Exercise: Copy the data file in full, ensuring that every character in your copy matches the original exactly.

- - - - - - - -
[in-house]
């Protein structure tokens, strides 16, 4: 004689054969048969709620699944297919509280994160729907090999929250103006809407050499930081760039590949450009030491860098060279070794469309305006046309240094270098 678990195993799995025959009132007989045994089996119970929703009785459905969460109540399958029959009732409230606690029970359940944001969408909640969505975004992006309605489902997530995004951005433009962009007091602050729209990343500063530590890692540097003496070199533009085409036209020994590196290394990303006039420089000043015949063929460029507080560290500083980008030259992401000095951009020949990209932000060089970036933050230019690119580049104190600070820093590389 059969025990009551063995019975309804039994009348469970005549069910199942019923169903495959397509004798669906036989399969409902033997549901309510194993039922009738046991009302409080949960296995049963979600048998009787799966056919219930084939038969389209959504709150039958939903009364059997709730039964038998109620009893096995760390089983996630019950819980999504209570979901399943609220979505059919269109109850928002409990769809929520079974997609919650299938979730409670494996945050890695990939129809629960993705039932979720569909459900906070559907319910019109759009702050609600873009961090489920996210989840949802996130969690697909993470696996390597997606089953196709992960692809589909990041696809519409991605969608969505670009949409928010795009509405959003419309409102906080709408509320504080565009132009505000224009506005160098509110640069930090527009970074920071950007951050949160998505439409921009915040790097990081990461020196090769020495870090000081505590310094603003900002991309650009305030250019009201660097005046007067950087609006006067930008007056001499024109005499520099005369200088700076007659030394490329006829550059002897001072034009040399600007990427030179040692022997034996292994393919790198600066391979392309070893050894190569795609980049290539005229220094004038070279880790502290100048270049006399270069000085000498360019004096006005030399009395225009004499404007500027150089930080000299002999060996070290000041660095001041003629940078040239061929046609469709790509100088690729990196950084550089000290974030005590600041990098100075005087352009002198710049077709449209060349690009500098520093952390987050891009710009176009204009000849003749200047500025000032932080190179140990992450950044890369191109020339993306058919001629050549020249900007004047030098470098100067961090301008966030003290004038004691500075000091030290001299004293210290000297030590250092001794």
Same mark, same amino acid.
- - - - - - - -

[in-house]
């Protein structure tokens, strides 16, 4: 004689054969048969709620699944297919509280994160729907090999929250103006809407050499930081760039590949450009030491860098060279070794469309305006046309240094270098 678990195993799995025959009132007989045994089996119970929703009785459905969460109540399958029959009732409230606690029970359940944001969408909640969505975004992006309605489902997530995004951005433009962009007091602050729209990343500063530590890692540097003496070199533009085409036209020994590196290394990303006039420089000043015949063929460029507080560290500083980008030259992401000095951009020949990209932000060089970036933050230019690119580049104190600070820093590389 059969025990009551063995019975309804039994009348469970005549069910199942019923169903495959397509004798669906036989399969409902033997549901309510194993039922009738046991009302409080949960296995049963979600048998009787799966056919219930084939038969389209959504709150039958939903009364059997709730039964038998109620009893096995760390089983996630019950819980999504209570979901399943609220979505059919269109109850928002409990769809929520079974997609919650299938979730409670494996945050890695990939129809629960993705039932979720569909459900906070559907319910019109759009702050609600873009961090489920996210989840949802996130969690697909993470696996390597997606089953196709992960692809589909990041696809519409991605969608969505670009949409928010795009509405959003419309409102906080709408509320504080565009132009505000224009506005160098509110640069930090527009970074920071950007951050949160998505439409921009915040790097990081990461020196090769020495870090000081505590310094603003900002991309650009305030250019009201660097005046007067950087609006006067930008007056001499024109005499520099005369200088700076007659030394490329006829550059002897001072034009040399600007990427030179040692022997034996292994393919790198600066391979392309070893050894190569795609980049290539005229220094004038070279880790502290100048270049006399270069000085000498360019004096006005030399009395225009004499404007500027150089930080000299002999060996070290000041660095001041003629940078040239061929046609469709790509100088690729990196950084550089000290974030005590600041990098100075005087352009002198710049077709449209060349690009500098520093952390987050891009710009176009204009000849003749200047500025000032932080190179140990992450950044890369191109020339993306058919001629050549020249900007004047030098470098100067961090301008966030003290004038004691500075000091030290001299004293210290000297030590250092001794």
Same mark, same amino acid.